“During the 1950’s, 60’s and 70’s, some chapters recognized a special girl with a white corduroy ‘Chapter Sweetheart’ jacket. After girls were admitted to regular FFA membership in 1969, the “Sweetheart” fell out of favor and regular blue member jacket was designed for female members. In 2004, the jacket was redesigned to accommodate the body structure of modern teenagers—a longer torso and larger sizes.”
“But my main goal has become safeguarding a segment of agricultural history! A pin, sign, jacket or plaque meant the world to the FFA member! It was kept in a jewelry box, the attic or closet for 50, 60, 70 or more years!”
“As time goes on, the next generation has no idea the significance of these items. My fear is that the items get pitched in the trash. If a scrap gold buyer finds a 10K gold award pin on an estate sale, it gets melted down and is lost forever!”
For the first 60 years of the organization, nearly all jewelry and pins were made exclusively by the L.G. Balfour Co. Attleboro, Massachusetts, a company that today specializes in class rings and yearbooks. Laatsch notes that the craftsmanship of these pins is "exceptional.”
The early FFA signs and pinbacks were made by the St. Louis Button Company. The FFA emblem became a registered trademark after WW II and much of the production and distribution of FFA equipment was brought “in house” when the FFA Supply Service moved into the National FFA Center Alexandria, VA in 1953.
Today, an entire division of the FFA Organization called ShopFFA.org provides members with paraphernalia. Profits from the sales fund the FFA and educational programs.
“I doubt that the National FFA Organization realizes that when they make a slight change to the FFA emblem, as they did two years ago, all previous jackets, signs, plaques and pins are obsolete — and collectible!”
Laatsch says he always try to find out who the item belonged to, what that person was involved in while an FFA member and through life. I know the excitement and feeling of accomplishment a member has at time that an award medal was received. I record the provenance and keep it with the item.”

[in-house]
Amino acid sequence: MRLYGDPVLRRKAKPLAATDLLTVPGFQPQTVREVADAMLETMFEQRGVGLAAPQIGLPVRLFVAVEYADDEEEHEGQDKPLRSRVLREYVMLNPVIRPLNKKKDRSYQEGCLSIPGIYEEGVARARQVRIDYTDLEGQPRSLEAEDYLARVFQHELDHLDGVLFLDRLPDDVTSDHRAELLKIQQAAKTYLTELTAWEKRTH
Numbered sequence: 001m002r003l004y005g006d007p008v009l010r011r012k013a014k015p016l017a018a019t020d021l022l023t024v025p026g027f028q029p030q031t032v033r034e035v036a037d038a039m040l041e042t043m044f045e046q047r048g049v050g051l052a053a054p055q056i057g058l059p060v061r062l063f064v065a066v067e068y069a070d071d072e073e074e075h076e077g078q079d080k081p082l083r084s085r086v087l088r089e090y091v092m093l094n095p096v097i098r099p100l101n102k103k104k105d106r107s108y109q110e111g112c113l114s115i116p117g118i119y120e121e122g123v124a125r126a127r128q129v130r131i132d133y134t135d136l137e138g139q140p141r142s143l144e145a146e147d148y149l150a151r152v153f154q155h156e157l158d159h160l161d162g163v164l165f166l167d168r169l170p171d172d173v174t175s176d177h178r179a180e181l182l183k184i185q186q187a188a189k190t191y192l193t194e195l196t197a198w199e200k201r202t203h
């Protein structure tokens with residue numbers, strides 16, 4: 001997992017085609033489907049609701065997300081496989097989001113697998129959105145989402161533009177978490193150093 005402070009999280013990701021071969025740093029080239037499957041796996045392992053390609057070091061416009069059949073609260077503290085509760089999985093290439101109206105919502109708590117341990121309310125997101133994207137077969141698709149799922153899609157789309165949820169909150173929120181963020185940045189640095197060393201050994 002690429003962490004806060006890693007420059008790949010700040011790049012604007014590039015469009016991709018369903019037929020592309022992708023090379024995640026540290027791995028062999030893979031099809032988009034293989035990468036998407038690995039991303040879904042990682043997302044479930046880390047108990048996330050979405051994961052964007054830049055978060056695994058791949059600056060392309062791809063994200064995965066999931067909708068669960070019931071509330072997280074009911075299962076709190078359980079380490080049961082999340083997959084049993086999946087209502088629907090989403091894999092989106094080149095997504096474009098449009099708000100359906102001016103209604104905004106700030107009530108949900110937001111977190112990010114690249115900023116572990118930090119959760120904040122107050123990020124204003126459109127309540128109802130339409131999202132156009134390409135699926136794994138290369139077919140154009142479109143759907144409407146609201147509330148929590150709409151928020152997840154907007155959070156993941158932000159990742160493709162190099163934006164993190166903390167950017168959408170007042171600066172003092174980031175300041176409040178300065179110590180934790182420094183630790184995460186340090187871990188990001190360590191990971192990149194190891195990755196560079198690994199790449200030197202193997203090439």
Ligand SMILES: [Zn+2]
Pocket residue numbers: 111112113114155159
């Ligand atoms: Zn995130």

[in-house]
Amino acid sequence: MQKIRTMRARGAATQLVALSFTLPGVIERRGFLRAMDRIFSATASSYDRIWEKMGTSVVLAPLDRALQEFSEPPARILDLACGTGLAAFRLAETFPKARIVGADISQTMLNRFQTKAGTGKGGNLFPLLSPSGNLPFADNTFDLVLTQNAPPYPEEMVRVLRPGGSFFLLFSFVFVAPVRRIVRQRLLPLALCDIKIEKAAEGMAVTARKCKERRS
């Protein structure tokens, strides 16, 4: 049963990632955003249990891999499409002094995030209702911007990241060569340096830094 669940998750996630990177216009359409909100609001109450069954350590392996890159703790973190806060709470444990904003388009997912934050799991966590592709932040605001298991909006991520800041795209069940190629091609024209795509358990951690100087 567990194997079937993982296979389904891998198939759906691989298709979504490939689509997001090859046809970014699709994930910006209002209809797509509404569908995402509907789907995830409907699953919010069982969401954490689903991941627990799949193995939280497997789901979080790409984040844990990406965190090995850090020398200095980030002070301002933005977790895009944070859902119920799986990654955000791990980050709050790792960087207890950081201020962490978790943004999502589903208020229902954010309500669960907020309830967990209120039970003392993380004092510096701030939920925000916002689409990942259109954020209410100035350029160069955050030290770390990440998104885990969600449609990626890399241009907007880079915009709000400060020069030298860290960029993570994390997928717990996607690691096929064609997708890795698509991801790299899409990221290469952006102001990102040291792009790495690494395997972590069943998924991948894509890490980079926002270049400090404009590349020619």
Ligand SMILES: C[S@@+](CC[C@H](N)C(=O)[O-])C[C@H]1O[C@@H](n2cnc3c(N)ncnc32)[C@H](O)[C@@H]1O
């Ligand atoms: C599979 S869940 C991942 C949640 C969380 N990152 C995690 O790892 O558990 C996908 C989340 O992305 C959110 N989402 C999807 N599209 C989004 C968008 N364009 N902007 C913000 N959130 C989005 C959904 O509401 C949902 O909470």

Laatsch currently serves as the president of the ‘Twenty-year Club,’ the committee of the Wisconsin Association of Agriculture Educator (WAAE) that involves retired teachers into the professional organization. Laatsch stays in touch with teachers across the state. He is also a member of the state and national committees for the celebration of the Smith-Hughes Act Centennial.
“I was fortunate to have taught my entire career in Beaver Dam, where three teachers served the program for nearly 80 years. Our program has detailed scrapbooks that cover the entire chapter history," he said. "I would use the historical materials to give the students a connection to the past and a starting point from which to build their future.he nature of Ag Education is such that teachers understand the importance of the history of the program."
However, Laatsch says it's officials who go into the classroom and throw everything away.
"The history, the awards, the plaques, the memories all go in the trash! I realize that a school’s mission is focused on the future and can’t be a museum," he said.
Laatsch says he hopes to preserve as many historical artifacts as he can before they're lost.
"I want to display it at FFA and other organizations’ conventions during the Smith-Hughes Act Centennial year. 2028 will be a big year—and it’s not that far off—the FFA Centenniall," he said. "Until then, the collecting and preserving goes on!”
“Perhaps someday, Wisconsin FFA has a permanent state headquarters and these things will make a great start to telling the history of agriculture education.”